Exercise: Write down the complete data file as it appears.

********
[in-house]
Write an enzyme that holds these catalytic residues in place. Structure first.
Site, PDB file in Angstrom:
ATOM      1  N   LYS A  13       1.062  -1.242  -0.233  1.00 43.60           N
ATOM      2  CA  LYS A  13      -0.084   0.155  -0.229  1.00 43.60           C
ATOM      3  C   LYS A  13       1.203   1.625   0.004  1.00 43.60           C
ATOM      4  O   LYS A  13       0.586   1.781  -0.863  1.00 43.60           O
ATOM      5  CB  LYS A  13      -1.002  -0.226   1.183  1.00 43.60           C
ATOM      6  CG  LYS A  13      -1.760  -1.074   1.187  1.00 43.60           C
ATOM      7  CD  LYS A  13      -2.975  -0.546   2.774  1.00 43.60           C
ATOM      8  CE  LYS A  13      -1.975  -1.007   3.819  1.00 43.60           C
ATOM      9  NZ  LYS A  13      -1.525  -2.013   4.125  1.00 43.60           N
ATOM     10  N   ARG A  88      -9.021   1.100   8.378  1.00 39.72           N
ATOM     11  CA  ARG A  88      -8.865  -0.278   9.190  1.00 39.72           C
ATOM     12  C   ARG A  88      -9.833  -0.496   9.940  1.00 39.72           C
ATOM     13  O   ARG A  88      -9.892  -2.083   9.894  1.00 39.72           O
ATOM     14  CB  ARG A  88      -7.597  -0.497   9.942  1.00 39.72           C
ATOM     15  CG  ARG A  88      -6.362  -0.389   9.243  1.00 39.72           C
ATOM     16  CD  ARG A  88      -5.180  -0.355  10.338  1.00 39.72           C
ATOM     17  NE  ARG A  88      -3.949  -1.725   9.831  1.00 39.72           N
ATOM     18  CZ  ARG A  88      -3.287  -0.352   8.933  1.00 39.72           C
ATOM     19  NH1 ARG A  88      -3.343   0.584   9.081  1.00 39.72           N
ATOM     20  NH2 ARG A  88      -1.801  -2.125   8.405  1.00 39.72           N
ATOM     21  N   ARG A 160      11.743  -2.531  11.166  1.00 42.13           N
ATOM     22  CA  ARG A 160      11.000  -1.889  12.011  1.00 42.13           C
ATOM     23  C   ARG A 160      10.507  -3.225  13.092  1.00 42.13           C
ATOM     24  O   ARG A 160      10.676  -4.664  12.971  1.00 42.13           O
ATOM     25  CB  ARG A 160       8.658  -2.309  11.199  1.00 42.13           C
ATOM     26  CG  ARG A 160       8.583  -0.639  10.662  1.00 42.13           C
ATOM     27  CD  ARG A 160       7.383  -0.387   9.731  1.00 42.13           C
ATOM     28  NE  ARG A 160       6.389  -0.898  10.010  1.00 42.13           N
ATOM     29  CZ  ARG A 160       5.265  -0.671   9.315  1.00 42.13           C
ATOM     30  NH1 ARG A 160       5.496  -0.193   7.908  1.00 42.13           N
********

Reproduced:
[in-house]
Write an enzyme that holds these catalytic residues in place. Structure first.
Site, PDB file in Angstrom:
ATOM      1  N   LYS A  13       1.062  -1.242  -0.233  1.00 43.60           N
ATOM      2  CA  LYS A  13      -0.084   0.155  -0.229  1.00 43.60           C
ATOM      3  C   LYS A  13       1.203   1.625   0.004  1.00 43.60           C
ATOM      4  O   LYS A  13       0.586   1.781  -0.863  1.00 43.60           O
ATOM      5  CB  LYS A  13      -1.002  -0.226   1.183  1.00 43.60           C
ATOM      6  CG  LYS A  13      -1.760  -1.074   1.187  1.00 43.60           C
ATOM      7  CD  LYS A  13      -2.975  -0.546   2.774  1.00 43.60           C
ATOM      8  CE  LYS A  13      -1.975  -1.007   3.819  1.00 43.60           C
ATOM      9  NZ  LYS A  13      -1.525  -2.013   4.125  1.00 43.60           N
ATOM     10  N   ARG A  88      -9.021   1.100   8.378  1.00 39.72           N
ATOM     11  CA  ARG A  88      -8.865  -0.278   9.190  1.00 39.72           C
ATOM     12  C   ARG A  88      -9.833  -0.496   9.940  1.00 39.72           C
ATOM     13  O   ARG A  88      -9.892  -2.083   9.894  1.00 39.72           O
ATOM     14  CB  ARG A  88      -7.597  -0.497   9.942  1.00 39.72           C
ATOM     15  CG  ARG A  88      -6.362  -0.389   9.243  1.00 39.72           C
ATOM     16  CD  ARG A  88      -5.180  -0.355  10.338  1.00 39.72           C
ATOM     17  NE  ARG A  88      -3.949  -1.725   9.831  1.00 39.72           N
ATOM     18  CZ  ARG A  88      -3.287  -0.352   8.933  1.00 39.72           C
ATOM     19  NH1 ARG A  88      -3.343   0.584   9.081  1.00 39.72           N
ATOM     20  NH2 ARG A  88      -1.801  -2.125   8.405  1.00 39.72           N
ATOM     21  N   ARG A 160      11.743  -2.531  11.166  1.00 42.13           N
ATOM     22  CA  ARG A 160      11.000  -1.889  12.011  1.00 42.13           C
ATOM     23  C   ARG A 160      10.507  -3.225  13.092  1.00 42.13           C
ATOM     24  O   ARG A 160      10.676  -4.664  12.971  1.00 42.13           O
ATOM     25  CB  ARG A 160       8.658  -2.309  11.199  1.00 42.13           C
ATOM     26  CG  ARG A 160       8.583  -0.639  10.662  1.00 42.13           C
ATOM     27  CD  ARG A 160       7.383  -0.387   9.731  1.00 42.13           C
ATOM     28  NE  ARG A 160       6.389  -0.898  10.010  1.00 42.13           N
ATOM     29  CZ  ARG A 160       5.265  -0.671   9.315  1.00 42.13           C
ATOM     30  NH1 ARG A 160       5.496  -0.193   7.908  1.00 42.13           N